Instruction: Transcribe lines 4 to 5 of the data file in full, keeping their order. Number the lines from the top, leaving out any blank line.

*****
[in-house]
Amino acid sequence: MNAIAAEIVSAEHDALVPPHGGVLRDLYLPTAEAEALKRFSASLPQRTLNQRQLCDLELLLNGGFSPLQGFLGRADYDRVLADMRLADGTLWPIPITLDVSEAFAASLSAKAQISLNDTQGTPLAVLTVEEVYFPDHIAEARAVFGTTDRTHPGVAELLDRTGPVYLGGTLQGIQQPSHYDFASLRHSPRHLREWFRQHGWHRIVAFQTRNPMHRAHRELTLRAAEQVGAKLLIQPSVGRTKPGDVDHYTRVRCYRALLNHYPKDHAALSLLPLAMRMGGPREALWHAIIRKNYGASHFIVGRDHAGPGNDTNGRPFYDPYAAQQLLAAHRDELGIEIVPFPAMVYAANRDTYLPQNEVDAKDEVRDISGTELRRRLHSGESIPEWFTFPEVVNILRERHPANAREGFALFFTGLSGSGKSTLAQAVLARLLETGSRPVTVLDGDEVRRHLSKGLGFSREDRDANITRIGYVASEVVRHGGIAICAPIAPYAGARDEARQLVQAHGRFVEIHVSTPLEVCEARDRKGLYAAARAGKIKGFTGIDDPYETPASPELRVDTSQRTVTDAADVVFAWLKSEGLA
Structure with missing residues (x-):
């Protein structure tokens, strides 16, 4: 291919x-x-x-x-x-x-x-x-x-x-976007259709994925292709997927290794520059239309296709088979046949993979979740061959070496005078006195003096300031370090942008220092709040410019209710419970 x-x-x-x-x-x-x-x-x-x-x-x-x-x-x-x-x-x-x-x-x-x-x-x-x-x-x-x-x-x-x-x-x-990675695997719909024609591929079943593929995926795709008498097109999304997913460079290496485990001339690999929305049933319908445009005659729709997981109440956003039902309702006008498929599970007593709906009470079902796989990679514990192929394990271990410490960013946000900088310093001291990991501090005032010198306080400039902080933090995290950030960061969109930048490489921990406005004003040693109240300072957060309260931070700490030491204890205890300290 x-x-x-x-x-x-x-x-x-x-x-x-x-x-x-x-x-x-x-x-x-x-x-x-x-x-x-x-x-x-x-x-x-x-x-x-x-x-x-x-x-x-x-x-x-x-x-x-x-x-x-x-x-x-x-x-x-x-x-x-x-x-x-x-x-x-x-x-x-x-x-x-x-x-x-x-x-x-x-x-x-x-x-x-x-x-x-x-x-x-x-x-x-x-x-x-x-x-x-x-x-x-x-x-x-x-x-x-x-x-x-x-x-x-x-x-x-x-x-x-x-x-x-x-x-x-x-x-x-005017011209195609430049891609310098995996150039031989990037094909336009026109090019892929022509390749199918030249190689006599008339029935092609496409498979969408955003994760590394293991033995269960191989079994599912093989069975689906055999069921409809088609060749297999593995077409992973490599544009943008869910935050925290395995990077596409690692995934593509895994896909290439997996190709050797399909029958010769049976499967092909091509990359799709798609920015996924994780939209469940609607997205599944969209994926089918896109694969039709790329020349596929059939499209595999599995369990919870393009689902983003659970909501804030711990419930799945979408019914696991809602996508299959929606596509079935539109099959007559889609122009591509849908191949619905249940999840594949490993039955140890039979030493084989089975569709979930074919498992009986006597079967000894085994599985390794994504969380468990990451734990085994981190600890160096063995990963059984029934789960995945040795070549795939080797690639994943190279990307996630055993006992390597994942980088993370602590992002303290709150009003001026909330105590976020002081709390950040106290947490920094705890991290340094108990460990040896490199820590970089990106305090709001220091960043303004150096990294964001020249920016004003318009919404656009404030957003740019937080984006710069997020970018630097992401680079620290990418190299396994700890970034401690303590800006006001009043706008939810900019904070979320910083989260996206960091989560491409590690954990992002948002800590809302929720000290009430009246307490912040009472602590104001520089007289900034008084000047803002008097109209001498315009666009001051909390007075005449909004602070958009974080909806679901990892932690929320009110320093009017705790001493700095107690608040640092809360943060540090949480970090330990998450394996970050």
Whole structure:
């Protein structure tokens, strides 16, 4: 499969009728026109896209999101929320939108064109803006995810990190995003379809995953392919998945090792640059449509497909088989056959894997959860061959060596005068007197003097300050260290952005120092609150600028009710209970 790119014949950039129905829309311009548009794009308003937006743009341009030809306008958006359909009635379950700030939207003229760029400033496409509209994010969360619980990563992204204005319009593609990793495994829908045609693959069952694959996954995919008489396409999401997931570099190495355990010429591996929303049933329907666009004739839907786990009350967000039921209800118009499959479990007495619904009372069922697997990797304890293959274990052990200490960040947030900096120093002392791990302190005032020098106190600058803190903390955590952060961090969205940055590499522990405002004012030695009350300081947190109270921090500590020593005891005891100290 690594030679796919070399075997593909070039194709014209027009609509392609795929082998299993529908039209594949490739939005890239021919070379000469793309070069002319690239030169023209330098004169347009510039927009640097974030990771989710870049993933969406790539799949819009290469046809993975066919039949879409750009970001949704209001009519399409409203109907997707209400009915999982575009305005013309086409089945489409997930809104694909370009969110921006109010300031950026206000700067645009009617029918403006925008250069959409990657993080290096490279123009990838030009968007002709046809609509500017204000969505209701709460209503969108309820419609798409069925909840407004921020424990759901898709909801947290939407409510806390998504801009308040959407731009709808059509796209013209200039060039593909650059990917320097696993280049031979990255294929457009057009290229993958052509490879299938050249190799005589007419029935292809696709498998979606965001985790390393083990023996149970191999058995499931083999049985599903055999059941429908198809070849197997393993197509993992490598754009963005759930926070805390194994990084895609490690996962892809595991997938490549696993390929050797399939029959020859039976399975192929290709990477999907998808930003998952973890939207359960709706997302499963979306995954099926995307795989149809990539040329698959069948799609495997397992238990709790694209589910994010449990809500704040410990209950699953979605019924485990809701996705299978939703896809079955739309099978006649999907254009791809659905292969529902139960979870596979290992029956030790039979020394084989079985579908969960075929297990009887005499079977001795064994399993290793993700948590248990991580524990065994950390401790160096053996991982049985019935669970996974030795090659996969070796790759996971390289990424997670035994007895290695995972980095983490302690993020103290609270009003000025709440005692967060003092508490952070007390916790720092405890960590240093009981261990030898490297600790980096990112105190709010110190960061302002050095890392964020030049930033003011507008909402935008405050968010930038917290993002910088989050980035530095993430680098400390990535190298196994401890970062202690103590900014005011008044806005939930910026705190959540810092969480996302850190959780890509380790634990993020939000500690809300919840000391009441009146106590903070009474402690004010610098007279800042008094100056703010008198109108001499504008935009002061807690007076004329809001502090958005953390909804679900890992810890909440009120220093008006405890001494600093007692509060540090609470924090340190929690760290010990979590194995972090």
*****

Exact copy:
């Protein structure tokens, strides 16, 4: 291919x-x-x-x-x-x-x-x-x-x-976007259709994925292709997927290794520059239309296709088979046949993979979740061959070496005078006195003096300031370090942008220092709040410019209710419970 x-x-x-x-x-x-x-x-x-x-x-x-x-x-x-x-x-x-x-x-x-x-x-x-x-x-x-x-x-x-x-x-x-990675695997719909024609591929079943593929995926795709008498097109999304997913460079290496485990001339690999929305049933319908445009005659729709997981109440956003039902309702006008498929599970007593709906009470079902796989990679514990192929394990271990410490960013946000900088310093001291990991501090005032010198306080400039902080933090995290950030960061969109930048490489921990406005004003040693109240300072957060309260931070700490030491204890205890300290 x-x-x-x-x-x-x-x-x-x-x-x-x-x-x-x-x-x-x-x-x-x-x-x-x-x-x-x-x-x-x-x-x-x-x-x-x-x-x-x-x-x-x-x-x-x-x-x-x-x-x-x-x-x-x-x-x-x-x-x-x-x-x-x-x-x-x-x-x-x-x-x-x-x-x-x-x-x-x-x-x-x-x-x-x-x-x-x-x-x-x-x-x-x-x-x-x-x-x-x-x-x-x-x-x-x-x-x-x-x-x-x-x-x-x-x-x-x-x-x-x-x-x-x-x-x-x-x-x-005017011209195609430049891609310098995996150039031989990037094909336009026109090019892929022509390749199918030249190689006599008339029935092609496409498979969408955003994760590394293991033995269960191989079994599912093989069975689906055999069921409809088609060749297999593995077409992973490599544009943008869910935050925290395995990077596409690692995934593509895994896909290439997996190709050797399909029958010769049976499967092909091509990359799709798609920015996924994780939209469940609607997205599944969209994926089918896109694969039709790329020349596929059939499209595999599995369990919870393009689902983003659970909501804030711990419930799945979408019914696991809602996508299959929606596509079935539109099959007559889609122009591509849908191949619905249940999840594949490993039955140890039979030493084989089975569709979930074919498992009986006597079967000894085994599985390794994504969380468990990451734990085994981190600890160096063995990963059984029934789960995945040795070549795939080797690639994943190279990307996630055993006992390597994942980088993370602590992002303290709150009003001026909330105590976020002081709390950040106290947490920094705890991290340094108990460990040896490199820590970089990106305090709001220091960043303004150096990294964001020249920016004003318009919404656009404030957003740019937080984006710069997020970018630097992401680079620290990418190299396994700890970034401690303590800006006001009043706008939810900019904070979320910083989260996206960091989560491409590690954990992002948002800590809302929720000290009430009246307490912040009472602590104001520089007289900034008084000047803002008097109209001498315009666009001051909390007075005449909004602070958009974080909806679901990892932690929320009110320093009017705790001493700095107690608040640092809360943060540090949480970090330990998450394996970050």
Whole structure: